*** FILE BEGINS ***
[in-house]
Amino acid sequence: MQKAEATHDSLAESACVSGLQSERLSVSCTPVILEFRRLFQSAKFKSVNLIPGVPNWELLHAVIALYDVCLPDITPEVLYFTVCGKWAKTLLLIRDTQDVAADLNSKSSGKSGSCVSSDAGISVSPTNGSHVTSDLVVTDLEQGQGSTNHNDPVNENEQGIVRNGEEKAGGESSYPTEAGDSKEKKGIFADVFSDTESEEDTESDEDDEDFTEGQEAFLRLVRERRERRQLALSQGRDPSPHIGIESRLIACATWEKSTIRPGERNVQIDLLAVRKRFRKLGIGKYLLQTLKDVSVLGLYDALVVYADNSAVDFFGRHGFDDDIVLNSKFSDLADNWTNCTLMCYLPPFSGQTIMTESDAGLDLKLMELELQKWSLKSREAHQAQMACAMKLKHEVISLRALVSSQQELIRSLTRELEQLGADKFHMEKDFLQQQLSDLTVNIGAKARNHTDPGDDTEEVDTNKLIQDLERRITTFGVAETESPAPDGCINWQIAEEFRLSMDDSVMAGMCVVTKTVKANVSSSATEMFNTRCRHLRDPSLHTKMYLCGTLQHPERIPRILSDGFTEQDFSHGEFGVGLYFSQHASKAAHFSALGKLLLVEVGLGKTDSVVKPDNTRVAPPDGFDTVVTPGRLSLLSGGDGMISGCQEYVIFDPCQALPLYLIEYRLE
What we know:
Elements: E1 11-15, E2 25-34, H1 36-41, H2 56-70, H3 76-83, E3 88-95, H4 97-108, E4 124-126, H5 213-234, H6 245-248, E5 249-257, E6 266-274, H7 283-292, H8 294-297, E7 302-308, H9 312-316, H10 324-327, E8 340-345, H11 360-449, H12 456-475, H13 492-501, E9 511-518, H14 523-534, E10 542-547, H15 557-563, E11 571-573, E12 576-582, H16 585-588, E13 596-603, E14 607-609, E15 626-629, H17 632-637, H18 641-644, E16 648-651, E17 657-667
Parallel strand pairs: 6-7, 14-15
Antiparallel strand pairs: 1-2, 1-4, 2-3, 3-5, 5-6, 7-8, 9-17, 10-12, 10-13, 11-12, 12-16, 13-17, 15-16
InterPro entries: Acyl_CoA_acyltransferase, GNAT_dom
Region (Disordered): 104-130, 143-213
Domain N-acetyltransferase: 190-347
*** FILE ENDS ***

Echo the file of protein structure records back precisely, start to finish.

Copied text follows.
[in-house]
Amino acid sequence: MQKAEATHDSLAESACVSGLQSERLSVSCTPVILEFRRLFQSAKFKSVNLIPGVPNWELLHAVIALYDVCLPDITPEVLYFTVCGKWAKTLLLIRDTQDVAADLNSKSSGKSGSCVSSDAGISVSPTNGSHVTSDLVVTDLEQGQGSTNHNDPVNENEQGIVRNGEEKAGGESSYPTEAGDSKEKKGIFADVFSDTESEEDTESDEDDEDFTEGQEAFLRLVRERRERRQLALSQGRDPSPHIGIESRLIACATWEKSTIRPGERNVQIDLLAVRKRFRKLGIGKYLLQTLKDVSVLGLYDALVVYADNSAVDFFGRHGFDDDIVLNSKFSDLADNWTNCTLMCYLPPFSGQTIMTESDAGLDLKLMELELQKWSLKSREAHQAQMACAMKLKHEVISLRALVSSQQELIRSLTRELEQLGADKFHMEKDFLQQQLSDLTVNIGAKARNHTDPGDDTEEVDTNKLIQDLERRITTFGVAETESPAPDGCINWQIAEEFRLSMDDSVMAGMCVVTKTVKANVSSSATEMFNTRCRHLRDPSLHTKMYLCGTLQHPERIPRILSDGFTEQDFSHGEFGVGLYFSQHASKAAHFSALGKLLLVEVGLGKTDSVVKPDNTRVAPPDGFDTVVTPGRLSLLSGGDGMISGCQEYVIFDPCQALPLYLIEYRLE
What we know:
Elements: E1 11-15, E2 25-34, H1 36-41, H2 56-70, H3 76-83, E3 88-95, H4 97-108, E4 124-126, H5 213-234, H6 245-248, E5 249-257, E6 266-274, H7 283-292, H8 294-297, E7 302-308, H9 312-316, H10 324-327, E8 340-345, H11 360-449, H12 456-475, H13 492-501, E9 511-518, H14 523-534, E10 542-547, H15 557-563, E11 571-573, E12 576-582, H16 585-588, E13 596-603, E14 607-609, E15 626-629, H17 632-637, H18 641-644, E16 648-651, E17 657-667
Parallel strand pairs: 6-7, 14-15
Antiparallel strand pairs: 1-2, 1-4, 2-3, 3-5, 5-6, 7-8, 9-17, 10-12, 10-13, 11-12, 12-16, 13-17, 15-16
InterPro entries: Acyl_CoA_acyltransferase, GNAT_dom
Region (Disordered): 104-130, 143-213
Domain N-acetyltransferase: 190-347